As the focal point of the city, Capitol Hill bustles with activity. The Eastern Market area offers a popular retail center while serving as prime residential enclave. Just a short walk from government offices, galleries, shops and museums are tranquil tree-canopied streets lined by impressive townhouses and modern condominiums. Small parks are scattered throughout the neighborhood, adding to the charm of the cityscape. Many political organizations and private clubs have chosen this prestigious address. Local restaurants serve as popular meeting places for senate and congressional staff members. The area known as Hillcrest provides more affordable housing options, yet the neighborhood enjoys an enviable location just minutes from downtown and Capitol Hill. The predominating home style is colonial with charming front porches and convenient garages.

Cleveland Park
This well-established neighborhood enjoys a strategic location only five minutes from the center of downtown Washington. Although Cleveland Park dates back to the early 1900s, this close-knit community has managed to retain its popularity. The neighborhood is characterized by rambling, solidly built single-family homes that tend to be well kept and sought-after when they appear on the real estate market. Victorian architecture is common, graced by embellishments such as cupolas and gingerbread trim. Other residences in varying architectural styles were constructed in the 1940s or 1950s, creating a pleasing blend of period variety. Typically, the residential enclaves nestled in Cleveland Park feature spacious homes with inviting, wrap-around porches. The National Zoo and National Cathedral are nearby, and the neighborhood is convenient to a number of shopping centers.

Dupont Circle, Kalorama
Reflecting the grandeur of a neighborhood populated by yesterday’s diplomats, senators, and millionaire entrepreneurs, these Northwest neighborhoods offer a dynamic community that excels in convenience. While a myriad of attractions are available within walking distance, a Metrorail subway station places all of Washington, DC, as well as northern Virginia and suburban Maryland only minutes away. The home of brewing magnate Christian Heurich and the grand St. Matthew’s Cathedral are just two of the many landmarks. Foreign embassies, art galleries, ethnic restaurants, and unique bookshops make this Washington’s most cosmopolitan neighborhood. Most of the townhouses in this lively area were constructed between 1890 and 1910 in the style of Victorian duplexes and triplexes.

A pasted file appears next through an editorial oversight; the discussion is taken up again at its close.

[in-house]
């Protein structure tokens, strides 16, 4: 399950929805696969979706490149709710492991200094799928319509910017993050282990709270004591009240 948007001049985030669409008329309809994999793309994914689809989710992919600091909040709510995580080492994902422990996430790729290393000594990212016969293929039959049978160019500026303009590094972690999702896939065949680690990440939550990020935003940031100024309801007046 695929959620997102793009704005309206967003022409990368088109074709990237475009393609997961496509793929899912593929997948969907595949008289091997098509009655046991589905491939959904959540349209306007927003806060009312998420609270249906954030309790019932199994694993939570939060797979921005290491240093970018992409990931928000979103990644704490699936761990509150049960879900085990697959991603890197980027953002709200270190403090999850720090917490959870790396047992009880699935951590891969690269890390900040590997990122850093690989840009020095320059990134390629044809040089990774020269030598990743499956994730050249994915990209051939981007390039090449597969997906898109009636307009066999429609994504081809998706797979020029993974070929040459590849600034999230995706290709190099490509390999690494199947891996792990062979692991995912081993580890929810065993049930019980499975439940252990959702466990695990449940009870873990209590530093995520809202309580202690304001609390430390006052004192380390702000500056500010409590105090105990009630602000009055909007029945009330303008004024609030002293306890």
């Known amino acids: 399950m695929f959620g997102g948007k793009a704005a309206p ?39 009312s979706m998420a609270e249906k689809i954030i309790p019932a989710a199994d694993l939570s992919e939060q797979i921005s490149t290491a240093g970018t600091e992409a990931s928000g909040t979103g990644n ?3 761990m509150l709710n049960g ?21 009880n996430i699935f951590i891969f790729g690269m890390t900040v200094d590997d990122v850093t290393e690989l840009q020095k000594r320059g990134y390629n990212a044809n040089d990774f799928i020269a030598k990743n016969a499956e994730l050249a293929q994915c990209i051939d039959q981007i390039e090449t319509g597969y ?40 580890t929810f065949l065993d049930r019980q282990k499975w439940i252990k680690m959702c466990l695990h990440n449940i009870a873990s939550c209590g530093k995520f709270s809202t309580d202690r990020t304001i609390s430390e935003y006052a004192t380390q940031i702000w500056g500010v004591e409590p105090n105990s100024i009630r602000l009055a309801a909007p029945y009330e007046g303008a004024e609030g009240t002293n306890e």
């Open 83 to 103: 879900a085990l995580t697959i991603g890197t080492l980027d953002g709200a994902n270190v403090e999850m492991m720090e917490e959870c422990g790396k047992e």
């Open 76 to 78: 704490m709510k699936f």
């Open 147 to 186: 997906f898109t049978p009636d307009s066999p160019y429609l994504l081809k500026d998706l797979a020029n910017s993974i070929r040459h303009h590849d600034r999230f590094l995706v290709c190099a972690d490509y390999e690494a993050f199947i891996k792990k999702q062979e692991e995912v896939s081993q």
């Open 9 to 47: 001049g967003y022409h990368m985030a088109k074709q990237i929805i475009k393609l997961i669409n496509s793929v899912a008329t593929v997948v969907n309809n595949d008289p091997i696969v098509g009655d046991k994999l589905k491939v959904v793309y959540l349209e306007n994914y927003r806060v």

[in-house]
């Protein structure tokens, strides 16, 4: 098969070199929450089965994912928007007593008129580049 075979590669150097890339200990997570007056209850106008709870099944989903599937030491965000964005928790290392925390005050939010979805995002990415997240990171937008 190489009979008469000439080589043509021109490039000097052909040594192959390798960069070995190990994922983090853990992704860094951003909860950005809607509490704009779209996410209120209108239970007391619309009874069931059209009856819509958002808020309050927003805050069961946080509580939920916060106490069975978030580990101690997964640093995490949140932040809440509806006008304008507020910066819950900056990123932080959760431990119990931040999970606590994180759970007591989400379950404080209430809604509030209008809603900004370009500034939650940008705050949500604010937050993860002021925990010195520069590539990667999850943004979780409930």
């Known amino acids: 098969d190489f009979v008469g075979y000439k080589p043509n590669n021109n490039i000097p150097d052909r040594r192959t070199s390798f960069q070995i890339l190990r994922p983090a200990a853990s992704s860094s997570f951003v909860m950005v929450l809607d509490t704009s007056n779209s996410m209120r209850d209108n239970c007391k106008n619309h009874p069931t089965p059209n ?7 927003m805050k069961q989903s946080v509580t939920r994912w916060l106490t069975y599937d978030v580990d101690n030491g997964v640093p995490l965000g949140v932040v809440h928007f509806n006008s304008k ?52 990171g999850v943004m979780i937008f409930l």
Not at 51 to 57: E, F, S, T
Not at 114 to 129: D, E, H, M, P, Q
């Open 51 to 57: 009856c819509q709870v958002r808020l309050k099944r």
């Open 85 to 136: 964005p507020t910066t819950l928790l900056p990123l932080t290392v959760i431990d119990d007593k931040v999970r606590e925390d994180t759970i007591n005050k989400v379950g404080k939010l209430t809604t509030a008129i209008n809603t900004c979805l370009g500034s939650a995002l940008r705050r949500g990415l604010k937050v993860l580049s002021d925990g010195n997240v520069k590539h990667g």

Tucked away in the oldest part of the city is the famous Georgetown neighborhood, designated as a National Historic Landmark and known for its elegant Federalist and Victorian homes. Tree-canopied streets, cobblestone walks, hidden alleyways and footpaths create an idyllic ambiance for upscale shops, exotic restaurants, quaint bookstores and lively coffeehouses. Georgetown University, with its impressive Gothic architecture, forms the cornerstone of the neighborhood. Housing options include townhomes in a variety of styles and single-family residences from cozy bungalows to magnificent estates. New construction is extremely limited, although renovation is popular. Because Georgetown has preserved its desirability through the decades, property values remain relatively high.